The recent passing of O.J. Simpson has reignited conversations about one of the most notorious episodes in American pop culture: the infamous slow-speed chase involving O.J. in a white Ford Bronco. For the true-crime junkies fascinated by this piece of history, it might come as a surprise that the vehicle is not tucked away somewhere in California but much closer to home for those in Louisiana, parked in a crime museum in Tennessee.

On June 17, 1994, millions of television viewers were glued to their screens as Simpson, accompanied by his friend Al Cowlings, led police on a trickling chase through Los Angeles. This event, occurring shortly after the brutal killings of Nicole Brown Simpson and Ron Goldman, became one of the most significant monocultural events of the last 30 years. Today, that very Ford Bronco has found a permanent home at the Alcatraz East Crime Museum in Pigeon Forge, Tennessee.

The museum offers a unique glimpse into this bizarre chapter of American history. Taylor Smart from the Alcatraz East Crime Museum told the Associated Press that "everyone in America has a story to tell" about that moment, highlighting the deep impression it left nationwide. In a dedicated exhibit, the chase is continuously replayed on the walls surrounding the iconic vehicle, allowing visitors to step back in time to that day when we all seemed to find a television to watch the slow-seated chase pan out in real-time.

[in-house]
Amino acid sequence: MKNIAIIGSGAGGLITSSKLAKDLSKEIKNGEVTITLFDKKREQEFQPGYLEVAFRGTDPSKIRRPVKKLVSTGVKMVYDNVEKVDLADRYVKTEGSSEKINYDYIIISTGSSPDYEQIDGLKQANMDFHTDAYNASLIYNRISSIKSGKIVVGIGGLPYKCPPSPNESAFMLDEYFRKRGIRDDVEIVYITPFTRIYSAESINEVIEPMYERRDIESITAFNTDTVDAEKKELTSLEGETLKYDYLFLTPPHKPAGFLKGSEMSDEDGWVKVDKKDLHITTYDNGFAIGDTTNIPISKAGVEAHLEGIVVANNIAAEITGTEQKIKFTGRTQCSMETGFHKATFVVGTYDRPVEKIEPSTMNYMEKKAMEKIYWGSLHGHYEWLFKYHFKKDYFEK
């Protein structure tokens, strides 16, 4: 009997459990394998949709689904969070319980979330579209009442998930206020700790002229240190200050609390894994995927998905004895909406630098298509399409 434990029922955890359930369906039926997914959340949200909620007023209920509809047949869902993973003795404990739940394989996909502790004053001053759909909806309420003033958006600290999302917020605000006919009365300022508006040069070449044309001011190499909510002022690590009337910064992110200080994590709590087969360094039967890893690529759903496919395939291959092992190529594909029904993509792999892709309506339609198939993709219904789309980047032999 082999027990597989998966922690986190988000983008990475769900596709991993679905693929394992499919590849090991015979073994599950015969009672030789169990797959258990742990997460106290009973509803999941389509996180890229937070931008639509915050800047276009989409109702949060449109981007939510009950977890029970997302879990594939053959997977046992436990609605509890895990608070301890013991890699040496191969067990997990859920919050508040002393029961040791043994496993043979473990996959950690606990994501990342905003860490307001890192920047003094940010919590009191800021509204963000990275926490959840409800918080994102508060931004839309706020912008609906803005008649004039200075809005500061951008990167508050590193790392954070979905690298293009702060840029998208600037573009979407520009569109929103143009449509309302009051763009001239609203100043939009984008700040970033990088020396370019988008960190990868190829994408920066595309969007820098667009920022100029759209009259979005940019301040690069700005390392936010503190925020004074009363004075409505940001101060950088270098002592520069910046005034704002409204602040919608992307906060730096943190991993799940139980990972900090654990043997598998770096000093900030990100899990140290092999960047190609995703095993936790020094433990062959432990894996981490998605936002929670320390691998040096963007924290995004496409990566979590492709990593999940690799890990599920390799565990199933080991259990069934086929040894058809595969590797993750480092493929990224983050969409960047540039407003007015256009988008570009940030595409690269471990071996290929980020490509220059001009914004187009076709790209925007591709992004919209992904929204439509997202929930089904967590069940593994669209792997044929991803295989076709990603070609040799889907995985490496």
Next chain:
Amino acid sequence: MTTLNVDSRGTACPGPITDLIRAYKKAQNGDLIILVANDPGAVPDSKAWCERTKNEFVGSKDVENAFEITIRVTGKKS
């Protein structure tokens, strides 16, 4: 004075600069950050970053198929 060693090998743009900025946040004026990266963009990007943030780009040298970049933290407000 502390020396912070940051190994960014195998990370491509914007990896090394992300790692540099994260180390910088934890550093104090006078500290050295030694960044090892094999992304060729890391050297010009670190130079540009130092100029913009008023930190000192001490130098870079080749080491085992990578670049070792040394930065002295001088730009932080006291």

Before becoming a museum piece, the Bronco was meticulously preserved in air-conditioned storage, signifying its value as a historical artifact. Although visitors can't touch or enter the Bronco, the museum ensures everyone can admire it up close, and according to Smart, guests have shown great respect for the exhibit.

The intrigue surrounding Simpson has seen a resurgence with his recent death, bringing new visitors and renewed interest to the museum. People are drawn to revisit the infamous low-speed chase and the subsequent trial, dubbed "the trial of the century," where Simpson was famously found not guilty.

For those in Louisiana, the Alcatraz East Crime Museum in Tennessee is a short road trip away to see one of the most significant pieces of monocultural history.

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